The plaintiff appeals from a judgment of the trial court affirming the decision of the Probate Court to remove her as the administratrix of her mother's estate. The plaintiff claims that the court erred in removing her for failure to perform her duties in an expeditious manner. She also alleges that she was not afforded proper notice and a hearing prior to her removal by the Probate Court.
"In an appeal from a probate order or decree, the Superior Court does not exercise its general jurisdiction but exercises the powers of the probate court from which the appeal was taken." Hunt v. Dubno, 1 Conn.App. 529, 533, 473 A.2d 1235 (1984). "[A]ny discretion of the probate court ... existing in the first instance, passes to the superior court on appeal and is to be exercised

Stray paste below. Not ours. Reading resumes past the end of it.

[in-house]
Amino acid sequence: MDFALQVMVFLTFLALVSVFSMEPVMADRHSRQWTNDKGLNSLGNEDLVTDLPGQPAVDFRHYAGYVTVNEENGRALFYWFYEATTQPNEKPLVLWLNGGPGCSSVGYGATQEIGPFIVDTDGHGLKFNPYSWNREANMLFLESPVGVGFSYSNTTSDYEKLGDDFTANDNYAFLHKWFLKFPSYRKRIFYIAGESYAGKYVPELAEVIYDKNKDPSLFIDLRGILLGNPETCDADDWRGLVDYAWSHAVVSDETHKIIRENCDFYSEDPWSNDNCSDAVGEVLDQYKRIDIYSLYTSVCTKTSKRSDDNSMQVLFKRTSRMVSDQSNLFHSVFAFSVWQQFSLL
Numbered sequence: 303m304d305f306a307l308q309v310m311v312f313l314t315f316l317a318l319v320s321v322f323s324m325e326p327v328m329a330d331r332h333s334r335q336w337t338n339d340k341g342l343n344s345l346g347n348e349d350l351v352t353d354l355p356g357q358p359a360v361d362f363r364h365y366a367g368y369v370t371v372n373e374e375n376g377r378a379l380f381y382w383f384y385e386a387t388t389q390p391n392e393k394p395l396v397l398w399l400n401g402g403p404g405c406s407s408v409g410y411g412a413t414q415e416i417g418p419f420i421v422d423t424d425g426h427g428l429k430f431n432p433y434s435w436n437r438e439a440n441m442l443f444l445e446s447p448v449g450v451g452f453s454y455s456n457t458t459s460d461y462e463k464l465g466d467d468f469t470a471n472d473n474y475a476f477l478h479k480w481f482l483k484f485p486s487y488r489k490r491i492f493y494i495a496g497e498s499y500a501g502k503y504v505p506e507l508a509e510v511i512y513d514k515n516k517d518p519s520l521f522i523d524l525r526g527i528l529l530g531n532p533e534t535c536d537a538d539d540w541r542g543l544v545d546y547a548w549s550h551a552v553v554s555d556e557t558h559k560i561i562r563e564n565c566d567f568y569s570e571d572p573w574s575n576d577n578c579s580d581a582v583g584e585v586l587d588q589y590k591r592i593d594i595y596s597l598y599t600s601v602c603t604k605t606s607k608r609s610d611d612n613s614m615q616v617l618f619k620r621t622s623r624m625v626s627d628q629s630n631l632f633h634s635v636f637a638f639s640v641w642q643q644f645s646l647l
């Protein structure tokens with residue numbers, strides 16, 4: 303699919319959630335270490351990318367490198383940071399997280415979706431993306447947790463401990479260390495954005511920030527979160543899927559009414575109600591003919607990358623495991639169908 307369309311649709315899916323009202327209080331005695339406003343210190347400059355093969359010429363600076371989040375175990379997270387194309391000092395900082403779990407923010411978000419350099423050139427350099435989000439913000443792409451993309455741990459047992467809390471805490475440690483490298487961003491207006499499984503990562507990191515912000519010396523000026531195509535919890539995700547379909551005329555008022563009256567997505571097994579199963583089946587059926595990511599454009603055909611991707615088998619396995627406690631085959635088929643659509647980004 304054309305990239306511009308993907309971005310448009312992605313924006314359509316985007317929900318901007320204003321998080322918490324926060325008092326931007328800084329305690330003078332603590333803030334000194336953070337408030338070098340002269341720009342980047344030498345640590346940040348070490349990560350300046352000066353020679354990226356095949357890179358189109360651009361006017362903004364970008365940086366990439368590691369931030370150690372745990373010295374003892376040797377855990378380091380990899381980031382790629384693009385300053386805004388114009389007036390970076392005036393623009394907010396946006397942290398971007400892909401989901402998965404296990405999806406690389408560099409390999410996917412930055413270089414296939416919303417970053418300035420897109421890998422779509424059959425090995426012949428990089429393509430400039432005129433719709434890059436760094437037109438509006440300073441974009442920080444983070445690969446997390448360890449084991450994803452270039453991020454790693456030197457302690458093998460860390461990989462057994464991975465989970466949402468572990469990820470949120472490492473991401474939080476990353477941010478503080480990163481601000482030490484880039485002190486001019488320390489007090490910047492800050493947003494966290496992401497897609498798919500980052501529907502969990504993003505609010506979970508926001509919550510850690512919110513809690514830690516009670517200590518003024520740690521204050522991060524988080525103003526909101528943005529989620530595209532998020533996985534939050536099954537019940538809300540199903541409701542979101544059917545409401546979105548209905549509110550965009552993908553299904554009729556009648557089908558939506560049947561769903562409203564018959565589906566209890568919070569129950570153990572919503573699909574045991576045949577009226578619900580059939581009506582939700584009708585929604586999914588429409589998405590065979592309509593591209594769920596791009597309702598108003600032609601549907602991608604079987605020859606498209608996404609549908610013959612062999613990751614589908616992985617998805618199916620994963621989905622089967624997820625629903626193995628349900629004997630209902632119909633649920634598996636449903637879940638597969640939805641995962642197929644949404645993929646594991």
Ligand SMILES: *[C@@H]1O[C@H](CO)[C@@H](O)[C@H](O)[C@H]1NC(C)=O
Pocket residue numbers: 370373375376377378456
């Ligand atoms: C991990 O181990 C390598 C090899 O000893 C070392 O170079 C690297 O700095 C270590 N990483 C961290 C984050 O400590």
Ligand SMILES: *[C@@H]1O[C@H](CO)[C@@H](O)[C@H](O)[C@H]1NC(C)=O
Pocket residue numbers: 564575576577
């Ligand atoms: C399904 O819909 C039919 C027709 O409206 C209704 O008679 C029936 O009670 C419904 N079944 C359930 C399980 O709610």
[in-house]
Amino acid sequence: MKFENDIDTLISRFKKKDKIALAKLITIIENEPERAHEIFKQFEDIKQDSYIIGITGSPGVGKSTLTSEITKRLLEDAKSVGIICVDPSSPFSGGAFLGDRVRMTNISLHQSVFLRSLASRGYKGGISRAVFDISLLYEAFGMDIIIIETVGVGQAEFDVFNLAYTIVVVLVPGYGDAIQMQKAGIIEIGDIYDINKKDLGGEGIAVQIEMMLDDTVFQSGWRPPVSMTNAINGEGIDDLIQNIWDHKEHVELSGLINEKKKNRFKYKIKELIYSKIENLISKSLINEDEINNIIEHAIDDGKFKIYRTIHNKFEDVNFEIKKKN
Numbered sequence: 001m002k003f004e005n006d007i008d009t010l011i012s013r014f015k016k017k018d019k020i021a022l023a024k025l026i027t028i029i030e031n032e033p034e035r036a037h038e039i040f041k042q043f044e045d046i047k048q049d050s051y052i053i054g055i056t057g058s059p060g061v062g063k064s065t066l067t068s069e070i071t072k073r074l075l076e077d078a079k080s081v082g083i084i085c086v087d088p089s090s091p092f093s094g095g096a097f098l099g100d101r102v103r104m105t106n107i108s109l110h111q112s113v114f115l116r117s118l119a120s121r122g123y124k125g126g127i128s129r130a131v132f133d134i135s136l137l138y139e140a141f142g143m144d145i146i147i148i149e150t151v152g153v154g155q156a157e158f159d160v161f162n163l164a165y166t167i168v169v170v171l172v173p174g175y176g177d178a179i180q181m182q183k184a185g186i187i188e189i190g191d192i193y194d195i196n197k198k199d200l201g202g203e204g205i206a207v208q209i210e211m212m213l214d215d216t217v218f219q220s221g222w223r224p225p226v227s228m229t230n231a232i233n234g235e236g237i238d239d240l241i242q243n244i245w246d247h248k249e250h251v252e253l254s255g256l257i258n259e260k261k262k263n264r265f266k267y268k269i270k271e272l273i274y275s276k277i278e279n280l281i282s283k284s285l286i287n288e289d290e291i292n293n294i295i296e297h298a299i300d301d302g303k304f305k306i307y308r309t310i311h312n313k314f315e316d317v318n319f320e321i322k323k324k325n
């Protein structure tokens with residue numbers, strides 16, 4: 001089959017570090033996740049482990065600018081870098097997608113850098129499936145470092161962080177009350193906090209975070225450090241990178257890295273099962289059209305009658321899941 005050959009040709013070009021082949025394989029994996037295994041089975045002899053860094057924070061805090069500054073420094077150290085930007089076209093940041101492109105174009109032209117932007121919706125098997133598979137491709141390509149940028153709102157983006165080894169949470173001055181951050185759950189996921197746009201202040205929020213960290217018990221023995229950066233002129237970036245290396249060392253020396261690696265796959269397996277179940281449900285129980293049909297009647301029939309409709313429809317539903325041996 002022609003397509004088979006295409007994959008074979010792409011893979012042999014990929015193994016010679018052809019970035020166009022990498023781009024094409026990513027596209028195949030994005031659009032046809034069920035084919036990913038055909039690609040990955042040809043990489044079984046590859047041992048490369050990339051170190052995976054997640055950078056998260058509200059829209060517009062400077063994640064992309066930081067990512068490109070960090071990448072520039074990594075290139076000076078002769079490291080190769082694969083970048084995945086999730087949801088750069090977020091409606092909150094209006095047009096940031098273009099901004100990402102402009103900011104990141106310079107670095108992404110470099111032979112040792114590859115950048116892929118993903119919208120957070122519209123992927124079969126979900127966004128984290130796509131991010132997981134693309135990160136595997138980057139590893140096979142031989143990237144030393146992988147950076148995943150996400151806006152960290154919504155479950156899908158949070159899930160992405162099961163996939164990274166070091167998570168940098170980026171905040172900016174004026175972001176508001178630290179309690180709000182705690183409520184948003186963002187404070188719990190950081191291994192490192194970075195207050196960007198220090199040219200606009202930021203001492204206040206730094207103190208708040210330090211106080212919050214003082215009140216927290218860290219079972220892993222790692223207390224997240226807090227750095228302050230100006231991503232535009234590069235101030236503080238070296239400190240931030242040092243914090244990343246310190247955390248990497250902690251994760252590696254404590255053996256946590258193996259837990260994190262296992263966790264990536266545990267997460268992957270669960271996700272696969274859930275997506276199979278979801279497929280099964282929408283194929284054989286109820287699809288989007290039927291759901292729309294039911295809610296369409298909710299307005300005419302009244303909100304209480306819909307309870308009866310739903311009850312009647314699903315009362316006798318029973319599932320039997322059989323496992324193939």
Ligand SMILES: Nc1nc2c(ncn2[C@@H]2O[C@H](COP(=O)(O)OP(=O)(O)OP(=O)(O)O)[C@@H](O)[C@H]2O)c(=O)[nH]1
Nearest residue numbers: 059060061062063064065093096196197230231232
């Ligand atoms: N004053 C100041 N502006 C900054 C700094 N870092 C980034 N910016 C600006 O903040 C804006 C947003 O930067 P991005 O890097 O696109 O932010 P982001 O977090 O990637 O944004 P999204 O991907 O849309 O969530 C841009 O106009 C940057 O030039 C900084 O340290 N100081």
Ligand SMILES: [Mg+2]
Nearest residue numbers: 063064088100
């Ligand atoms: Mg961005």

The trial court found that the plaintiff, who is also one of several heirs, had not filed an inventory in this $19,000 estate until two years after her appointment. An account and return of claims was not filed until four years after her appointment. That account was rejected because the plaintiff had acted on her own claim. The plaintiff subsequently filed a claim against the estate in the amount of $60,000, three times the inventory value. The court further found that at the time of trial, almost eight and one-half years after the decedent's death, the estate was still not settled. The court concluded that the plaintiff had "neglected to perform her fiduciary duties in an expeditious manner," dismissed the appeal and ordered the plaintiff removed as administratrix. The findings of the court were sufficient to warrant dismissal under General Statutes § 45-263. As for the plaintiff's claim concerning the lack of notice prior to her removal by the Probate Court, the record provided is inadequate to substantiate such a claim. Therefore, we cannot find that the court erred. Tomanelli v. Tomanelli, 5 Conn.App. 149, 151, 497 A.2d 91, cert. denied, 197 Conn. 814, 499 A.2d 63 (1985). We also note that such a claim of error in the Probate Court proceedings is rendered harmless by the Superior Court's de novo review.
There is no error.